2
$\begingroup$

Solve the following differential equation: $$ (e^x+2\ln y)ydx+xdy=0 $$

It is clear that the equation is not exact. So, I tried to express $y'$: $$ \begin{aligned} e^xy+2y\ln y+xy'=0\iff \begin{cases} \left[ \begin{aligned} &y\equiv0\\ &y\equiv e^{-{1/2}} \end{aligned} \right. \ \ \text{if}\ \ x=0\\ y'=-\frac{e^x}{x}\cdot y-\frac{1}{x}\cdot2y\ln y\ \ \ \text{otherwise} \end{cases} \end{aligned} $$ The problem is that the differential equation seems to be non-linear, and I don't know the ways of solving those. Maybe there's an easier way of solving the initial differential equation?

$\endgroup$
1
  • $\begingroup$ This equation is exact if you mutliply by integrating factor $\mu (x,y)=\dfrac x y$ $\endgroup$ Feb 21, 2020 at 18:30

1 Answer 1

2
$\begingroup$

Maybe there's an easier way of solving the initial differential equation? Yes. This equation becomes exact if you mutliply by integrating factor $$\mu (x,y)=\dfrac x y$$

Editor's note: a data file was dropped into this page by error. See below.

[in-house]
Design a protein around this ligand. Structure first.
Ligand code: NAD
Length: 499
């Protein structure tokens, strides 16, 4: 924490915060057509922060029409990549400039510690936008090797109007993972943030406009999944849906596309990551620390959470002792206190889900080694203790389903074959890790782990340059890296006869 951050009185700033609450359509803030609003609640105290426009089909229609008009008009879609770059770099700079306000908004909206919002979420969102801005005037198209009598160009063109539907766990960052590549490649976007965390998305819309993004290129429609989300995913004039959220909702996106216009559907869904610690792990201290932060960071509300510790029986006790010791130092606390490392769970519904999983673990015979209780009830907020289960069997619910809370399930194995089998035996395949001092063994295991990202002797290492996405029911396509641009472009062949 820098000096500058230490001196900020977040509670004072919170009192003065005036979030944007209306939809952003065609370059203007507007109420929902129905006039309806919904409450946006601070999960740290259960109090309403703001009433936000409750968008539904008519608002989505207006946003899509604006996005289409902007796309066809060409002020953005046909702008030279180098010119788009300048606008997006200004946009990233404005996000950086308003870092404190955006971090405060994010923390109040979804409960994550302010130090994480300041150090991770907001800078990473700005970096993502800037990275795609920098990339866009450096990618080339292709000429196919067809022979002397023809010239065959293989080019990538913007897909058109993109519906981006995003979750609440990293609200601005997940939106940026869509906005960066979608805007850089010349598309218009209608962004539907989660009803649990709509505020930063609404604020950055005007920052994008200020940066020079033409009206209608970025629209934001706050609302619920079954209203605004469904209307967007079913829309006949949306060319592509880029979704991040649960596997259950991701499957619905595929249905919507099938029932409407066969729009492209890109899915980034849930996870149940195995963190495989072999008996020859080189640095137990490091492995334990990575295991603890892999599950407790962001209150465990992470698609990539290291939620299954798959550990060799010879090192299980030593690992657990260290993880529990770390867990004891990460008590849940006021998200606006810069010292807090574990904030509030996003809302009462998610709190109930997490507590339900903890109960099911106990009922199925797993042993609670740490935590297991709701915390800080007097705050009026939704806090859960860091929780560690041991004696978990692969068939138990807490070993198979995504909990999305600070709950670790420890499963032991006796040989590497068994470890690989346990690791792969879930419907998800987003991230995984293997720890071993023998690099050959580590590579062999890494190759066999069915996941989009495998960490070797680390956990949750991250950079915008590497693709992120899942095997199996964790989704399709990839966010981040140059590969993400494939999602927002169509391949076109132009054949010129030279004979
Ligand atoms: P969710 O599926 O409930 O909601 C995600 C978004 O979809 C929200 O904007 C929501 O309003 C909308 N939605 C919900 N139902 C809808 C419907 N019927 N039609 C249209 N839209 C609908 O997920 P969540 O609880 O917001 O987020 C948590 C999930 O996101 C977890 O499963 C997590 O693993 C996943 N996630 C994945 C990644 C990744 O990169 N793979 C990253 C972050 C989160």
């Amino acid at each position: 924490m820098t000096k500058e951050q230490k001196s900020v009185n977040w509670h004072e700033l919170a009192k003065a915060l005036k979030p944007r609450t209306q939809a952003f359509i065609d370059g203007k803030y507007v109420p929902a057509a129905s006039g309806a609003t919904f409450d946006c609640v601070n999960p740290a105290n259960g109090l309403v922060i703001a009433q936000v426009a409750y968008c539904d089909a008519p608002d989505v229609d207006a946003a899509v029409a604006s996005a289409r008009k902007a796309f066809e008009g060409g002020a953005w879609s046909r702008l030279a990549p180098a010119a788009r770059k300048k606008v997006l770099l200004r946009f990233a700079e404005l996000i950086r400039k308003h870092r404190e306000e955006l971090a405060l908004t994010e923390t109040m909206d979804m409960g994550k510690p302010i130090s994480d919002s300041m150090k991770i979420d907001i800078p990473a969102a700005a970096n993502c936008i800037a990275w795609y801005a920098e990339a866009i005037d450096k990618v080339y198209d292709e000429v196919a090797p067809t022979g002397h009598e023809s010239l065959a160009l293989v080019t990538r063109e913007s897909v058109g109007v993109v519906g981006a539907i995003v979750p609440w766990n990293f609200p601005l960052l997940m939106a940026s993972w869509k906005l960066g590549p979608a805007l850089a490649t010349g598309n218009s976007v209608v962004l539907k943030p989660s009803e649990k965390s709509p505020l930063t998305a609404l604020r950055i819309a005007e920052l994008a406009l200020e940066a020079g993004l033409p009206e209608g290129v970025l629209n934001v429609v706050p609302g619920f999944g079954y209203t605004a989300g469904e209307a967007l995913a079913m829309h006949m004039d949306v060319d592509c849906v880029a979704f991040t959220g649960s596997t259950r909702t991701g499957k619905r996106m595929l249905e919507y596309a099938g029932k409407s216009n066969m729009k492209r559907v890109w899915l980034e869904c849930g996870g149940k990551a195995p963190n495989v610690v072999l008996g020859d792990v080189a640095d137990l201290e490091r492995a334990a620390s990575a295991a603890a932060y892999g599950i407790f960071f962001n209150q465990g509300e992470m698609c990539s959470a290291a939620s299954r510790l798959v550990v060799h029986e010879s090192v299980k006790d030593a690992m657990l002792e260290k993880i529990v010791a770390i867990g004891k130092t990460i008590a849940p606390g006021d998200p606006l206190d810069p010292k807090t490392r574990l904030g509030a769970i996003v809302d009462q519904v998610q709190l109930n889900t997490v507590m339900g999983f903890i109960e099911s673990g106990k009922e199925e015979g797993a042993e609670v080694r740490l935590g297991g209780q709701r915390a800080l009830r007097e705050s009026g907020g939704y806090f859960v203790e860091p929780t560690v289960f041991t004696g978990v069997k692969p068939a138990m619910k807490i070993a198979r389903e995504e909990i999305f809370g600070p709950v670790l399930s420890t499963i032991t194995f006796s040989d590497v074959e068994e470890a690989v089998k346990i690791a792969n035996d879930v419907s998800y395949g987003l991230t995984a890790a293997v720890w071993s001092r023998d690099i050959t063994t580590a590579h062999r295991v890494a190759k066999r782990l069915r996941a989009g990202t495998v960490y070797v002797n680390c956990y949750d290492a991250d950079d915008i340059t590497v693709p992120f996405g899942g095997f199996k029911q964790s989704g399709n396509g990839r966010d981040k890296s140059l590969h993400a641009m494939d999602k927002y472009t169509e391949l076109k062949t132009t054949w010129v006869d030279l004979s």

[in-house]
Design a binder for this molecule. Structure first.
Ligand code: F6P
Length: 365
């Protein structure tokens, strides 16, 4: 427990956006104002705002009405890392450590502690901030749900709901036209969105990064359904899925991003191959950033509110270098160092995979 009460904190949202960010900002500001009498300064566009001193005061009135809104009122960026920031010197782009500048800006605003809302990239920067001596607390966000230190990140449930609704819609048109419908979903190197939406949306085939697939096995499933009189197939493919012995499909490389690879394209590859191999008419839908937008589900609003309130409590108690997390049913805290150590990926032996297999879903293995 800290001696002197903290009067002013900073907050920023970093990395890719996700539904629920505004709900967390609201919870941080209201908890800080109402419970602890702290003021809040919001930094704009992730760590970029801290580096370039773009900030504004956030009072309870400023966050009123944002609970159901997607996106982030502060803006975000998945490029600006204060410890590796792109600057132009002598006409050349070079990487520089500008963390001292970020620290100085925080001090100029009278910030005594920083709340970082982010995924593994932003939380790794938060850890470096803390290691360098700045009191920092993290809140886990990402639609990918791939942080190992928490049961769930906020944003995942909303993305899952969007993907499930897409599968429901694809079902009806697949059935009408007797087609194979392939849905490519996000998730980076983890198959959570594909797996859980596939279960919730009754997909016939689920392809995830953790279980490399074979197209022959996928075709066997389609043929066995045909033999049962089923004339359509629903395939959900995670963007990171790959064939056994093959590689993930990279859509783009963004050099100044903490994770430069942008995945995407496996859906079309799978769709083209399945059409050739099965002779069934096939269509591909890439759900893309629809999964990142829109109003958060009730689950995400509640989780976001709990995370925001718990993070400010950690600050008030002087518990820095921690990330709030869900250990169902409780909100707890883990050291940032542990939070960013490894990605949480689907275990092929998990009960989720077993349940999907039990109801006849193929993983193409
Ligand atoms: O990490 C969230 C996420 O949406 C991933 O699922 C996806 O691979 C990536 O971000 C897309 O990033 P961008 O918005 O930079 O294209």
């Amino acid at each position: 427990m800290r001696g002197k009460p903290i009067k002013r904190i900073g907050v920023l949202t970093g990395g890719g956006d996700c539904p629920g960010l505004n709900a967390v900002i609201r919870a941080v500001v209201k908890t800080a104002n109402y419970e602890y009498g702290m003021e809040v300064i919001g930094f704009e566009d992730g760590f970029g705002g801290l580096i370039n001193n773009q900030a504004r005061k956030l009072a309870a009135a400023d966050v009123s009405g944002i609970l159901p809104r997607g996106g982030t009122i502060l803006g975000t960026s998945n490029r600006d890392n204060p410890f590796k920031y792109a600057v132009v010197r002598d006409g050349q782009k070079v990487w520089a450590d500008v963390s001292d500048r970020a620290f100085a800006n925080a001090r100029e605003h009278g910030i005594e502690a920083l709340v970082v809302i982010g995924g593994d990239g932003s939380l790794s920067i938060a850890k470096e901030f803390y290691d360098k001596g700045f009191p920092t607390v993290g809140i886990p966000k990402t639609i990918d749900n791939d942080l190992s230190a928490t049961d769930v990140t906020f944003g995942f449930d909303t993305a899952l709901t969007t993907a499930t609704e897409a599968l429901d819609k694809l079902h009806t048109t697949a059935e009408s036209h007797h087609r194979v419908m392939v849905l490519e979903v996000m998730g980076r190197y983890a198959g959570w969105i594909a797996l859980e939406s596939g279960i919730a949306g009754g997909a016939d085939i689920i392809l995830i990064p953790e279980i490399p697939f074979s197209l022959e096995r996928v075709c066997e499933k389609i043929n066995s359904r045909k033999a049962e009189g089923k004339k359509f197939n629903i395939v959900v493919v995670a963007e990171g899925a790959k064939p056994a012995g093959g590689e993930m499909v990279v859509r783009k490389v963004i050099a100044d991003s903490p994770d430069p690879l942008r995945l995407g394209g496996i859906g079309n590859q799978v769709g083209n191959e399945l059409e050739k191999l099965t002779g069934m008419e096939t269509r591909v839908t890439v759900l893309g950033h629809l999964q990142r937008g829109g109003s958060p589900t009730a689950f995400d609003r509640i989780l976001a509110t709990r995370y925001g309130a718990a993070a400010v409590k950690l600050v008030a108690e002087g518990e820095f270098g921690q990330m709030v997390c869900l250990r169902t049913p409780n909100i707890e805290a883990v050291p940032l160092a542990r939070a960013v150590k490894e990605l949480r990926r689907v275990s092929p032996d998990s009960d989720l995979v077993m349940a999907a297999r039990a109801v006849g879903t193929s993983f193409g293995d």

$$(e^x+2\ln y)ydx+xdy=0$$ Divide by $y$ note that $ d(\ln y )=\dfrac {dy}{y}$ $$(e^x+2\ln y)dx+xd \ln y=0$$ Substitute $u= \ln y$ $$(e^x+2u)dx+xdu=0$$ Multiply by $x$: $$xe^xdx+2uxdx+x^2du=0$$ $$xe^xdx+d(ux^2)=0$$ Integrate. $$xe^x-e^x+x^2 \ln y =C$$

$\endgroup$
4
  • 1
    $\begingroup$ In particular, multiplication by $g:=x$ is mandated by requiring$$0=[ge^x+2gu]_u-(xg)_x=g_u(e^x+2u)+g-xg_x,$$so it helps to take $g_u=0$ and $g_x=g/x$, i.e. $g\propto x$. $\endgroup$
    – J.G.
    Feb 21, 2020 at 18:19
  • $\begingroup$ Yes that's true @J.G. $\endgroup$ Feb 21, 2020 at 18:20
  • 1
    $\begingroup$ Easily comprehensible and neat solution. Thank you! $\endgroup$
    – Bonrey
    Feb 21, 2020 at 19:08
  • $\begingroup$ @Bonrey Thank you... you're welcomed. $\endgroup$ Feb 21, 2020 at 19:14

Your Answer

By clicking “Post Your Answer”, you agree to our terms of service, privacy policy and cookie policy

Not the answer you're looking for? Browse other questions tagged or ask your own question.